ALIENS, MARBLES AND A BUSH POET
Trip Start Oct 05, 2009
325Trip End Oct 31, 2013
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JOURNEY: Taylor Creek, Devil's Marbles, Tennant Creek
MILEAGE: 20007 KMS
Weather: 8 degrees at 7.45am
Our new friends in the caravan at Taylor Creek were still in their van when we left before 8am. The morning sun made the silken grasses moving in the wind seem special and before long we were at Wycliffe Well where we stopped to check out the Ley /energy lines here that attract UFOs and sightings have been documented. The whole road house and camp ground has been dedicated to aliens etc.; it was fun and everyone was stopping and enjoying the fun.
A short distance on and we reached the famous Devils Marbles. How could these huge boulders sit so precariously without tumbling? They look like they have been stacked and resemble piles of granite eggs and if you look closely you can find lots of interesting stacks and shapes. This is a sacred aboriginal site and the rocks are believed to be the eggs of the rainbow serpent. We spent an hour or so exploring this valley of marbles, checked out the small camp ground and decided to drive on to Tennant creek today.
Tennant Creek has a population of 3000 people, more than half are aboriginal and it is not an attractive town sprawled out along the Stuart Highway with most buildings fronted with bars and wire. Most of the buildings seemed to house government welfare, legal, health and training business and there was not a lot to see here. We did visit the Nyinnka Nyunyu cultural centre and bought some pastries in their café. We also called into the Battery Hill mining centre which housed the information centre. The town has experienced boom and bust with gold mining and we were told that there is a possibility of the mine going into operation again.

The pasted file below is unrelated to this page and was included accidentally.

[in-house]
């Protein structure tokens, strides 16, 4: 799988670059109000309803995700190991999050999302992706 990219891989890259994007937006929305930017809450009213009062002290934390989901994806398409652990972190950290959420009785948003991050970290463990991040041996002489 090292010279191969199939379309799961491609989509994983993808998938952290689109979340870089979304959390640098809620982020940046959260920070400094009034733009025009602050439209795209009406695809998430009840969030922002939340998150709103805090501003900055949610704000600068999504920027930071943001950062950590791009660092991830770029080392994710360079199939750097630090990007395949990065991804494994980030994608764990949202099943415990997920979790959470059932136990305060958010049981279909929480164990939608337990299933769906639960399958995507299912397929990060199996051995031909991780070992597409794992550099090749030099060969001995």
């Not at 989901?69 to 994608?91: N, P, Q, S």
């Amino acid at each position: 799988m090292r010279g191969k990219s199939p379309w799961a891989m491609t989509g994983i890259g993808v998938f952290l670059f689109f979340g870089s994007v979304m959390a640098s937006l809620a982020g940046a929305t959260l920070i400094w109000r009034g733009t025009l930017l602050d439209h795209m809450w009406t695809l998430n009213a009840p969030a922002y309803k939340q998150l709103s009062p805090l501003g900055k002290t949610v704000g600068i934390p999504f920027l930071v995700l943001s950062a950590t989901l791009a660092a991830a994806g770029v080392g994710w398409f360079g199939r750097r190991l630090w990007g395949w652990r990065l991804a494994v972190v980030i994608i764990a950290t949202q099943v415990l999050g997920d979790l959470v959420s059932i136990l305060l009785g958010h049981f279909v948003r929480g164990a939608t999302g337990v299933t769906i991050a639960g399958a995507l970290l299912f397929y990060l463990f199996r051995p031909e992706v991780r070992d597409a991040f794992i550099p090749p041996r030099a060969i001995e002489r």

The Outback Caravan Park offered spacious unpowered sites in the red dirt and we unpacked; Sheila tuned the TV to catch up with the soccer and Kath marinated the pork steak for dinner and then walked into town along the Stuart Highway until the town stopped at an interesting bike path dedicated to a man called Tyko? who rode a bike from Adelaide to Darwin in 1940s with no complaints; the only people walking the streets this afternoon were aboriginals and most were friendly, returning my greeting. Most people know that aboriginal people refrain from eye contact so offence is not taken when they cast their eyes down and pass by without acknowledgement.
The afternoon warmed up and the caravan park filled as the day wore on and Jimmy Hooker the famous Tennant Creek bush poet entertained us all with poetry, stories and humour around the camp fire that night and Sheila set the alarm to watch Germany beat Argentina at mid night while Kath came in and out of sleep to participate in the excitement.